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After years of development and industry debate, OLED has finally hit prime time in both the TV and mobile markets. Growth is on the rise, and an increasing number of product manufacturers are now adopting OLED over alternative LCD technologies. In the smartphone industry alone, Asus, Lenovo (Motorola), LG, OnePlus, and ZTE, have picked up OLED panels for use in their highest end products this year. Samsung is still by far the biggest manufacturer and adopter for smartphone products, but there’s been growing talk about Apple purchasing panels for its 2018 iPhone too, which could mark a major shift in the industry.

Combined, this trend has seen mobile demand for OLED hit new highs of 264 million units in 2015, which is expected to increase to 339 million panels this year and up to 602 million in 2019. As a result, a number of display manufacturers, including BEO, have been increasingly committed to AMOLED production.

OLED Demand forcast

Samsung has long been the leading smartphone brand making use of OLED displays, which it has been using for a number of generations in its flagship Galaxy range. However, data predicts that panels sold to other manufacturers will increase at a much greater rate in the next few years. Other manufacturers accounted for 74 million panels purchased in 2014, but they could account for 275 million by the end of 2019. Increasing production capacities and falling panel costs are helping to stimulate industry adoption.

If Apple were to also produce an OLED powered smartphone, the company would instantly give a much bigger boost to panel demand. IHS predicts that small screen OLED demand would almost double. Bernstein has recently put together some interesting forecasts for OLED mobile demand, based on the likelihood of Apple fully or partially adopting OLED displays in the upcoming handsets. If Apple opts for OLED in just part of all of its future smartphones, panel demand from the two biggest smartphone manufacturers will pick up dramatically.

Apple OLED panel demand

Along with the falling production costs and recent boosts to manufacturing capabilities, smartphone and TV manufacturers are increasingly touting the superior color gamut, viewing angles, and contrast attributes of OLED displays over LCD. Although these merits have long been hotly debated in the Android market place, Apple adopting the technology would send clear signals to the wider market and consumers that LCD is no longer the top choice for smartphone displays.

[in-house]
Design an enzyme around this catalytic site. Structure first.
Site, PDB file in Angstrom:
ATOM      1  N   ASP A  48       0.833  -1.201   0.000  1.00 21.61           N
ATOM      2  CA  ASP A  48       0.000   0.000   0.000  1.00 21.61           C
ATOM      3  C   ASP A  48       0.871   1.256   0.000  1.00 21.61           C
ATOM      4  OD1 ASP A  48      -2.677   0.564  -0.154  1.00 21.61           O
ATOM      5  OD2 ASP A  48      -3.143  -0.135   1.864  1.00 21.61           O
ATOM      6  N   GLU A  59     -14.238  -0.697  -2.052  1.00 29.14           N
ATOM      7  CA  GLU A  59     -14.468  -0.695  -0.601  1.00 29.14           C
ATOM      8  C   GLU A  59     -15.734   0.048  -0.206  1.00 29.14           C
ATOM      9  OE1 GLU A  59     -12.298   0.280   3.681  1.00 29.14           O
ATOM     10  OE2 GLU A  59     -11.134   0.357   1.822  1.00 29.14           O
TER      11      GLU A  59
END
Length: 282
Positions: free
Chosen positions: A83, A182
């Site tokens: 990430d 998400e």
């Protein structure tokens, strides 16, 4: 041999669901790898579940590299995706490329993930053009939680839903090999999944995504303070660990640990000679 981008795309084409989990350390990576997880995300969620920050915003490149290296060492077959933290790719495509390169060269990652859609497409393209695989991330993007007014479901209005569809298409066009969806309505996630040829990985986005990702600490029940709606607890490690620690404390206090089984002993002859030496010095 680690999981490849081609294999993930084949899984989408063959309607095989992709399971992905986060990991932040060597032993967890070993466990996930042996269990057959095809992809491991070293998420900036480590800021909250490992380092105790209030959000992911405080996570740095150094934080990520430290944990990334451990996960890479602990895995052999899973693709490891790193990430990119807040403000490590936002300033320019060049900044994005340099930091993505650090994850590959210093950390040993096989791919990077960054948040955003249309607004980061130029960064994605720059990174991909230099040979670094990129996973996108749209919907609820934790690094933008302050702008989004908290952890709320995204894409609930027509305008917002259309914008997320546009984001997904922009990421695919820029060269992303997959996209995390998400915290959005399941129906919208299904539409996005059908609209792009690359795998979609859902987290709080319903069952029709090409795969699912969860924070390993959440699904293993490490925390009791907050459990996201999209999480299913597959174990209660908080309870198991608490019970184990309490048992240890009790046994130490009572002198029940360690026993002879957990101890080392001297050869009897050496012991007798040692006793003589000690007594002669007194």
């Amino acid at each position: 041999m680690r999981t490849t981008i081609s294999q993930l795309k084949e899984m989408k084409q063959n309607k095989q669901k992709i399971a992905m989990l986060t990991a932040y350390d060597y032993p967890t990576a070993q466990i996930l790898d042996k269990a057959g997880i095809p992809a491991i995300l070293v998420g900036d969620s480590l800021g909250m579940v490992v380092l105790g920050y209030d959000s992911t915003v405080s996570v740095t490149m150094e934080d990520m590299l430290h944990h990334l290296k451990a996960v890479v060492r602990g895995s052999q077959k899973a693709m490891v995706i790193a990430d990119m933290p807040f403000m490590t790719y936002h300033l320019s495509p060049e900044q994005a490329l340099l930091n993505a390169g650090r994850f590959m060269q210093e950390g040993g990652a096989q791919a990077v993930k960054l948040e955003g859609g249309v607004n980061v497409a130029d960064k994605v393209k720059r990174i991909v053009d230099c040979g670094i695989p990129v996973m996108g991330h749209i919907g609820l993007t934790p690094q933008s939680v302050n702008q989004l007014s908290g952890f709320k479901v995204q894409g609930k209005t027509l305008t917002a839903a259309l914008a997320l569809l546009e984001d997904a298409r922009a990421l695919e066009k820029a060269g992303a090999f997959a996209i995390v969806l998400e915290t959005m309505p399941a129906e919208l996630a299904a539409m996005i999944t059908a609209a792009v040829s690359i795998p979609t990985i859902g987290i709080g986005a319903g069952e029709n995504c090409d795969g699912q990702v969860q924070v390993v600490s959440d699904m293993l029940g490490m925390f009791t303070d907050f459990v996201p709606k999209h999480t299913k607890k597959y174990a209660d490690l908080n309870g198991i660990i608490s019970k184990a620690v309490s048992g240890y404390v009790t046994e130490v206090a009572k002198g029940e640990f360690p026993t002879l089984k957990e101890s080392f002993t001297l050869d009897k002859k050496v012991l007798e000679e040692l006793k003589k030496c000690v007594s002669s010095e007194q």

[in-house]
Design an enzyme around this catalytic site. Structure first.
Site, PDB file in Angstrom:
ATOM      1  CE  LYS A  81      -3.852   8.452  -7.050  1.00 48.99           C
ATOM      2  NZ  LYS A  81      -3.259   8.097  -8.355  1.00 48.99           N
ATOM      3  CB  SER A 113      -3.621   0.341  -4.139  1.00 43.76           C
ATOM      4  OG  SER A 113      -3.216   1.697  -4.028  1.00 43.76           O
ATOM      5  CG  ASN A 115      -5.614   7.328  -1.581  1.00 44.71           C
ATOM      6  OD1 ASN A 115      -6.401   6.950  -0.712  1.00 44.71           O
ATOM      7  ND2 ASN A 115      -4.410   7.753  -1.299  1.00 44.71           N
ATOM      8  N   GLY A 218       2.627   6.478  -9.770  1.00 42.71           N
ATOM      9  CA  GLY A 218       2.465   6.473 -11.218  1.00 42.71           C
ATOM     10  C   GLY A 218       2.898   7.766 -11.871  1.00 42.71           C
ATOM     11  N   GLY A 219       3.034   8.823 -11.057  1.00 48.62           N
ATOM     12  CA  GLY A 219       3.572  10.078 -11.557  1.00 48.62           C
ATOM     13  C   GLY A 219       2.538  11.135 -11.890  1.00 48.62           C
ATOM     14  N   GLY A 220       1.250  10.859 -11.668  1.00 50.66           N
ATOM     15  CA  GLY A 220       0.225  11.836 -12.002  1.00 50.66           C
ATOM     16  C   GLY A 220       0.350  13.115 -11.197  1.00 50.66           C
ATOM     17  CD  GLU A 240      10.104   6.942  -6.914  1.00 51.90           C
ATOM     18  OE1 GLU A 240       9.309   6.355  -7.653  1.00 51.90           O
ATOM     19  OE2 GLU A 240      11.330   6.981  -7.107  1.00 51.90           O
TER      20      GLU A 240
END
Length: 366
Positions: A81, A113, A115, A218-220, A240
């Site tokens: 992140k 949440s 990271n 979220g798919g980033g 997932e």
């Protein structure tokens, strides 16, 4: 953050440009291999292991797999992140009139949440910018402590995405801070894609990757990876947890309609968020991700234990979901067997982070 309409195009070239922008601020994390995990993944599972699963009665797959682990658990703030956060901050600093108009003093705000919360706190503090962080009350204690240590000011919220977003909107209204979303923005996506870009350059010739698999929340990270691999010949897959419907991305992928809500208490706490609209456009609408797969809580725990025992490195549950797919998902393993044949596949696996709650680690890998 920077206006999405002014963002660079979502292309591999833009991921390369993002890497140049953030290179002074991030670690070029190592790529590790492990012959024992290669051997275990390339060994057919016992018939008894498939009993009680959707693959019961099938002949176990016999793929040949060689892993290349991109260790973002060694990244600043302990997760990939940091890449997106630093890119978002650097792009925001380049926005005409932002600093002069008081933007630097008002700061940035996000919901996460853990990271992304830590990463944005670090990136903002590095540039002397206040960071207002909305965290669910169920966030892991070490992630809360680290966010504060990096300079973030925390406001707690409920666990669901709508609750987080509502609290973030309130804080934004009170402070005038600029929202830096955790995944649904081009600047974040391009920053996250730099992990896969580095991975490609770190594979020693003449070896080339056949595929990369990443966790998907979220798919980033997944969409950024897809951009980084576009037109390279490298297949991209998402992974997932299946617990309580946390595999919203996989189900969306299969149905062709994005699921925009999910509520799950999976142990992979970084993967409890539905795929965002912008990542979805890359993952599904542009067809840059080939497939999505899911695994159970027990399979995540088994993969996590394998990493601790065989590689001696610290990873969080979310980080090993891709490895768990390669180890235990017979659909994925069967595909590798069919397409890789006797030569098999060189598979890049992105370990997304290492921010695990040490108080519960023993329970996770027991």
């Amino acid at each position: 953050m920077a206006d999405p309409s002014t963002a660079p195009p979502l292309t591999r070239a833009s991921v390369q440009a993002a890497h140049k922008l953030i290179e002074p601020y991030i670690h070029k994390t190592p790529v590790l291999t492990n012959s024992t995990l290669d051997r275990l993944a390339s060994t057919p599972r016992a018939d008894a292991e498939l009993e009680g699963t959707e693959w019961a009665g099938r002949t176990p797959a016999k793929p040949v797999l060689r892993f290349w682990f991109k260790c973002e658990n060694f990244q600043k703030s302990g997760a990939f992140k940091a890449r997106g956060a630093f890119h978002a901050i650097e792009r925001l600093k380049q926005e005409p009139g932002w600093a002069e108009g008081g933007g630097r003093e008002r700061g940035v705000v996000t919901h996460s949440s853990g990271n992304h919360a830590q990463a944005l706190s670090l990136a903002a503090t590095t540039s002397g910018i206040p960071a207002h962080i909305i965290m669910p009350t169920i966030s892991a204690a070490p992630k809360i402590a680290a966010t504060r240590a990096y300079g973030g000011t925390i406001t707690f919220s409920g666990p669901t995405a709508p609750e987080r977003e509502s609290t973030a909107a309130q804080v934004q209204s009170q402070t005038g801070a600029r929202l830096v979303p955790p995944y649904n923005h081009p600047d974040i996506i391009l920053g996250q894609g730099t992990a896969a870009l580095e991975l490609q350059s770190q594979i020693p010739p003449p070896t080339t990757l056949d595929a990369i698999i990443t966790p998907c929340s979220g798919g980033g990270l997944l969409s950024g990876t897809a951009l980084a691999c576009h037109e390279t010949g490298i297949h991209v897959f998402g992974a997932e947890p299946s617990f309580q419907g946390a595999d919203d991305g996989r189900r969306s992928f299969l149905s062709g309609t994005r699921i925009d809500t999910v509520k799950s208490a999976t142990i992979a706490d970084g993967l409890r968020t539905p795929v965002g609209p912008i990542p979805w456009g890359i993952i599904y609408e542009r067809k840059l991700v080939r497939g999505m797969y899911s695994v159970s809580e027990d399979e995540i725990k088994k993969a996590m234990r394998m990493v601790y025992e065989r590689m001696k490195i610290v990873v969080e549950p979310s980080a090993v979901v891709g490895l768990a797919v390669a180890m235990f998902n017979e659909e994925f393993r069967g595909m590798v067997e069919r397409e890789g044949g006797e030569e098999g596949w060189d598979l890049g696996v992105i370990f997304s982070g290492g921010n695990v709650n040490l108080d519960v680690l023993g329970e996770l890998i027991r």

These trends are expected to push panel manufacturers away from LCD and towards OLED. Japan Display is expected to start up its own production lines next year, and Foxconn is urging Sharp down a similar route. Although some, such as AUO and Everdisplay, are waiting to make announcements and confirm investments into new production lines and facilities until Apple’s position becomes clear. Unfortunately for some Taiwanese LCD manufacturers, falling cash flow in the previous decade leaves little prospect of investment anytime soon. Similarly, this is placing increasing pressure on LCD-only manufacturers.

A 2014-2015 analysis of the Taiwanese LCD industry's free cash flow suggests that the country doesn't have the money to invest in OLED.

Display Daily A 2014-2015 analysis of the Taiwanese LCD industry’s free cash flow suggests that the country doesn’t have the money to invest in OLED.

As well as smartphones and televisions, OLED technology is leading display innovation in other key areas. Flexible displays, although still expensive and difficult to construct, are only achievable with OLED technology. Strides made in transparent OLED panels are also showing promise for the automotive and augmented reality markets.

Despite the high-end market looking increasingly towards OLED, LCD will still remain the display type as choice for lower cost models, at least for the medium term. The first reason is that although Samsung may have recently brought the cost of its OLED production down to almost LCD levels, it has taken the company 10 years and hundreds of million worth of investments to do so. Other display manufacturers aren’t quite so far along and it’s going to take time and cash to get there, the latter of which is in short supply after years of heavy competition in the LCD market. Estimates put costs somewhere in the region of $150 to $180 billion for a complete industry conversion, which could take up to 15 years to complete.

This leads into the second point. These higher production costs and large investments in the next decade will likely see manufacturers keep the price of OLED panels high to improve profitability. LCD will continue to fill in the gap at lower price points until industry wide OLED panel production matures, leading to a fall in costs and prices.

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